6) Corey Isaacs’s fellowship will enable him to visit the Harry Ransom Center at the University of Texas at Austin to study the manuscripts of David Foster Wallace and to write fiction that is both informed and inspired by these documents.

7) Alice Johnston will generate a collection of poetry inspired by contrasts between expansive landscapes and enclosed rooms of lodging along the historic 192-mile coast-to-coast walk in Northern England.

8) Cynthia Koster will travel to New Orleans to research the justice system, tourism, and local culture as research for a mystery novel based in the city.

9) India Lamb’s project will involve the creation of a series of short stories in both fiction and non-fiction which involve the culture and true essence of Baltimore by showcasing its beauty as well as its hardships.

10) Anna Sandacz will process and reflect experiences in India through personal essay.

11) Jody Spence will visit various “melting pot” cities in the United States and then write a collection of poetry and a longer piece of creative nonfiction prose about being plus size in skinny America.

12) Rae Walker will write a series of poems related to migrating from the South to the North by traveling via railroad to undertake a poet’s version of Jacob Lawrence’s Migration Series.

13) Sabrina Silva will create a set of poems about her father by learning about his life in Portugal, visiting where he lived, worked, and studied, as well as the people closest to him.

2015

Photograph by Phoebe DeFries

Pictured above:  a few of this year’s new writing fellows after attending the First Friday Tea held by the English Department in the Soper Room of the Julia Rogers Building.

Front row (l-r):  Tianna Mignogna, Michelle Tirto, Victoria Cooke, Emma Day, William Stieglitz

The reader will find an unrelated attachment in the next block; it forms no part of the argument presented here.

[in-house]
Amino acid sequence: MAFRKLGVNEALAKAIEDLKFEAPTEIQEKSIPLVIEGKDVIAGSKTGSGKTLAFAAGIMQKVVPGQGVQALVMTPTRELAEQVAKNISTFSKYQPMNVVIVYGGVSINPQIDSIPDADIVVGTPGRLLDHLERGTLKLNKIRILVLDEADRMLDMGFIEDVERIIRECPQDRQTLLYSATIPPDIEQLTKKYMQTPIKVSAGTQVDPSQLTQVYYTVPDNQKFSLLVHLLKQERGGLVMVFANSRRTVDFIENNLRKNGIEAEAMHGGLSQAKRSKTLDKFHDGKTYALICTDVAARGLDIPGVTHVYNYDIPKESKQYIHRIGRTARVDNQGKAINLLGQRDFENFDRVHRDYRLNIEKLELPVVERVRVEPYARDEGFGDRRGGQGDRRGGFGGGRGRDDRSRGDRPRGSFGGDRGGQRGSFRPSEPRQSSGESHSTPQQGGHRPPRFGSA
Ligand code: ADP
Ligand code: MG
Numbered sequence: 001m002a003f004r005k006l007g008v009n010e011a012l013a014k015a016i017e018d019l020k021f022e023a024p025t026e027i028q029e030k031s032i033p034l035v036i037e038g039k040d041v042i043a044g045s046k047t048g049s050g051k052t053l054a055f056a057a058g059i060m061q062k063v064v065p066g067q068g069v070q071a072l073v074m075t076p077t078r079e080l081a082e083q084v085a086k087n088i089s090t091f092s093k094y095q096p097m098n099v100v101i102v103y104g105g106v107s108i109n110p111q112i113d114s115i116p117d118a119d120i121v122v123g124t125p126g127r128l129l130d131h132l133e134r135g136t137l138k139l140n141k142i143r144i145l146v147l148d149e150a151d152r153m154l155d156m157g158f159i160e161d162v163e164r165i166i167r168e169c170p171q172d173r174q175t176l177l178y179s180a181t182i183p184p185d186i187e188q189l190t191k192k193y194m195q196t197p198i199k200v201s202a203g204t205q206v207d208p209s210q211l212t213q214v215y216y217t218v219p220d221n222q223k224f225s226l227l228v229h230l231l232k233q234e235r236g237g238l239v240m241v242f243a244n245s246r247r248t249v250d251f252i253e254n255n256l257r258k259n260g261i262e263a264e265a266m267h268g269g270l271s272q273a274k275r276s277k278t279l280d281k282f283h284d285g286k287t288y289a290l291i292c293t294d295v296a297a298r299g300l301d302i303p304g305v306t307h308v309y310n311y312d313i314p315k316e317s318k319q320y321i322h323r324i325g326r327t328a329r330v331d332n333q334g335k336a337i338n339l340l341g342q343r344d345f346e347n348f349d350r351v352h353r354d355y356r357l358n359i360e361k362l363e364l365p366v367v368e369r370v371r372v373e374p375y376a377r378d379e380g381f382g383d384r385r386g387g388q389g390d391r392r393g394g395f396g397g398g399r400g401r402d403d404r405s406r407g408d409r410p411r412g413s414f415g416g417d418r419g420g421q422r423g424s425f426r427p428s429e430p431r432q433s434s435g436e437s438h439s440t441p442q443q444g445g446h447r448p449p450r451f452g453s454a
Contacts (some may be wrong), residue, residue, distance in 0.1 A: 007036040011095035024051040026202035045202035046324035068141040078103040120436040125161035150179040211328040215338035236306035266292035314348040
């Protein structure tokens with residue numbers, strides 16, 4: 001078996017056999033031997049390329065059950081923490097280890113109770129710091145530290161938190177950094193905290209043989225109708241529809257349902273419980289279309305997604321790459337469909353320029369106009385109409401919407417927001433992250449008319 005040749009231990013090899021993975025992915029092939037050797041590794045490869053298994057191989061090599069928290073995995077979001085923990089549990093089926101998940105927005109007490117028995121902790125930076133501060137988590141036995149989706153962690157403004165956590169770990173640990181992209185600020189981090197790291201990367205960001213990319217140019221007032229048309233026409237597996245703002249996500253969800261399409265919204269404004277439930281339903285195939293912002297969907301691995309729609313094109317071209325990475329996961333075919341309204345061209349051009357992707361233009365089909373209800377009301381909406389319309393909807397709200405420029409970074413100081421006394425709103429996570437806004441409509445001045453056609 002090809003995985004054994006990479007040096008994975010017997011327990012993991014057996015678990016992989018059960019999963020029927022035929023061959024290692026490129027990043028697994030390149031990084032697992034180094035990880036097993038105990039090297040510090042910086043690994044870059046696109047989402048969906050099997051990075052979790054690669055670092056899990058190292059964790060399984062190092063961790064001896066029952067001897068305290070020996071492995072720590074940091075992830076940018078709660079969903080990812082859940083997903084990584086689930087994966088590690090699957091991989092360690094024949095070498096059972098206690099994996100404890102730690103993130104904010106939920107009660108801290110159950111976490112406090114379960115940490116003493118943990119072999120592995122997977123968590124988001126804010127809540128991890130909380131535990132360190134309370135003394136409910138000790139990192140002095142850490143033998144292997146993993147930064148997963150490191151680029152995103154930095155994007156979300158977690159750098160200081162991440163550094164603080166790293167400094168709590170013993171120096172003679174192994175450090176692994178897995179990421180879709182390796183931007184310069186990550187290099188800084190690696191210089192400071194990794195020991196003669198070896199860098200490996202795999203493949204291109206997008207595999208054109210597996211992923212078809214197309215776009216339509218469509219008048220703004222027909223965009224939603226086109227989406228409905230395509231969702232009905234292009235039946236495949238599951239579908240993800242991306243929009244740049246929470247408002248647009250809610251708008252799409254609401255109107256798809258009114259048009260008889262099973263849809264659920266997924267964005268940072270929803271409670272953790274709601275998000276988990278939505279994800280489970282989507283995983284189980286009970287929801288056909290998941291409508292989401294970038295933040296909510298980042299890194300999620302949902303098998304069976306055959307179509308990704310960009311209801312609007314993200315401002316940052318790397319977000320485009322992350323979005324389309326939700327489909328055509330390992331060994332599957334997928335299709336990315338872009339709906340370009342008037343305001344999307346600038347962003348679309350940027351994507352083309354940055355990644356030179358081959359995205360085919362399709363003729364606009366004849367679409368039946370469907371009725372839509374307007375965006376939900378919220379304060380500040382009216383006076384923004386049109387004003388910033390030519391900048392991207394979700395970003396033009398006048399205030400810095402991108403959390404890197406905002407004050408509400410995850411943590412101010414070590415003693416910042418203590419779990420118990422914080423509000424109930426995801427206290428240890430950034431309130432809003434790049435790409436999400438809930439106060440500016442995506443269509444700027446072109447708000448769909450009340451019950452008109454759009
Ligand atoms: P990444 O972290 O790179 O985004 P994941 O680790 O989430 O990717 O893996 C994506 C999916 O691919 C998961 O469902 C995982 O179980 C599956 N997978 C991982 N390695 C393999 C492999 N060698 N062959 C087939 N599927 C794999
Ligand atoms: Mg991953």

Back row (l-r):  Maring Eberlein, Marina Velázquez Suárez, Eliana Zimet, Gwendolyn Moiles, Allie Kessler, Dorie Chevlen.

This year, the Kratz Center is pleased to welcome 18 students as the new 2015 Kratz Summer Writing Fellows (listed in alphabetical order):

1) Marie Claire Bryant will write memoir pieces and poems inspired by Dutch artwork during an extended stay in Amsterdam.

2) Dorie Chevlen will write fiction based on themes inspired by nature after traveling to Yosemite National Park.

3) Victoria Cooke will write the first 30 pages of a novel after traveling to the Harry Ransom Center at the University of Texas at Austin to examine their collection of J.D. Salinger’s unpublished manuscripts.

4) Isabel DaSilva will create a portfolio of poems centered on New York City while living there for the summer.

5) Emma Day will complete an internship as an editor at the Baltimore-based newspaper City Paper while writing stories that seek to explore Edgar Allen Poe’s classical horror tales and their legacy in a modern context.

6) Maring Eberlein will write a collection of short stories connected by the London Underground after staying in England for the summer.